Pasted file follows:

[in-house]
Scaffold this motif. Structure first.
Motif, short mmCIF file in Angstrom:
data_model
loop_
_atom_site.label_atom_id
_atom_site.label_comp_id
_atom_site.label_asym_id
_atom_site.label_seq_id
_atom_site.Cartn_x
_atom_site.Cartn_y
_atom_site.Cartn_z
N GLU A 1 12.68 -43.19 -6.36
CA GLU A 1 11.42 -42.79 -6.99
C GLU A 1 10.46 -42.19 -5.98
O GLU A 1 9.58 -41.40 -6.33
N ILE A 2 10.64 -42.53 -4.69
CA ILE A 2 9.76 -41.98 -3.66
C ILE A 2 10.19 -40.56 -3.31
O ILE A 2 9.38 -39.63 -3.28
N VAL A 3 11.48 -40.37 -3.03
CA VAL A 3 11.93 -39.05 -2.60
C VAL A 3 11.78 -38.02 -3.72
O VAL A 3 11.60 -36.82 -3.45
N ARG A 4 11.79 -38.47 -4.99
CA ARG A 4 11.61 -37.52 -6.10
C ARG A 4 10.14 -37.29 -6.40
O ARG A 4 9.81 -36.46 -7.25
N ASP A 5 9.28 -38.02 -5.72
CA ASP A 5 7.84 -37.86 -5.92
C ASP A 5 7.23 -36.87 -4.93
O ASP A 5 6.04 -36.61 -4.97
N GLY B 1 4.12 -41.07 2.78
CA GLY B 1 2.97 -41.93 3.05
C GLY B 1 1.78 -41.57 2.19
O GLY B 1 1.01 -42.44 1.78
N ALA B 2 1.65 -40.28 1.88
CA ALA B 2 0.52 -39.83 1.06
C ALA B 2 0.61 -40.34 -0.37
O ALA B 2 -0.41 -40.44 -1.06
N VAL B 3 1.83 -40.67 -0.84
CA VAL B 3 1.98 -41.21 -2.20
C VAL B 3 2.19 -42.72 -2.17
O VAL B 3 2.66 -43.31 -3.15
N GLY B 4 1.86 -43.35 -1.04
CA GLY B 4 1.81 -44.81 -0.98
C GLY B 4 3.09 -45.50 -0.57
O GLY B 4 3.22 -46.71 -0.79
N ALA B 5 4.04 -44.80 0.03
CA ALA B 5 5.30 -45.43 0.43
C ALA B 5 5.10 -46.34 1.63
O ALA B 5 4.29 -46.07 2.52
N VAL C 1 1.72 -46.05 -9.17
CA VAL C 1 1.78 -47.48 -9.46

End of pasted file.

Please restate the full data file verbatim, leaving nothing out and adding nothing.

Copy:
[in-house]
Scaffold this motif. Structure first.
Motif, short mmCIF file in Angstrom:
data_model
loop_
_atom_site.label_atom_id
_atom_site.label_comp_id
_atom_site.label_asym_id
_atom_site.label_seq_id
_atom_site.Cartn_x
_atom_site.Cartn_y
_atom_site.Cartn_z
N GLU A 1 12.68 -43.19 -6.36
CA GLU A 1 11.42 -42.79 -6.99
C GLU A 1 10.46 -42.19 -5.98
O GLU A 1 9.58 -41.40 -6.33
N ILE A 2 10.64 -42.53 -4.69
CA ILE A 2 9.76 -41.98 -3.66
C ILE A 2 10.19 -40.56 -3.31
O ILE A 2 9.38 -39.63 -3.28
N VAL A 3 11.48 -40.37 -3.03
CA VAL A 3 11.93 -39.05 -2.60
C VAL A 3 11.78 -38.02 -3.72
O VAL A 3 11.60 -36.82 -3.45
N ARG A 4 11.79 -38.47 -4.99
CA ARG A 4 11.61 -37.52 -6.10
C ARG A 4 10.14 -37.29 -6.40
O ARG A 4 9.81 -36.46 -7.25
N ASP A 5 9.28 -38.02 -5.72
CA ASP A 5 7.84 -37.86 -5.92
C ASP A 5 7.23 -36.87 -4.93
O ASP A 5 6.04 -36.61 -4.97
N GLY B 1 4.12 -41.07 2.78
CA GLY B 1 2.97 -41.93 3.05
C GLY B 1 1.78 -41.57 2.19
O GLY B 1 1.01 -42.44 1.78
N ALA B 2 1.65 -40.28 1.88
CA ALA B 2 0.52 -39.83 1.06
C ALA B 2 0.61 -40.34 -0.37
O ALA B 2 -0.41 -40.44 -1.06
N VAL B 3 1.83 -40.67 -0.84
CA VAL B 3 1.98 -41.21 -2.20
C VAL B 3 2.19 -42.72 -2.17
O VAL B 3 2.66 -43.31 -3.15
N GLY B 4 1.86 -43.35 -1.04
CA GLY B 4 1.81 -44.81 -0.98
C GLY B 4 3.09 -45.50 -0.57
O GLY B 4 3.22 -46.71 -0.79
N ALA B 5 4.04 -44.80 0.03
CA ALA B 5 5.30 -45.43 0.43
C ALA B 5 5.10 -46.34 1.63
O ALA B 5 4.29 -46.07 2.52
N VAL C 1 1.72 -46.05 -9.17
CA VAL C 1 1.78 -47.48 -9.46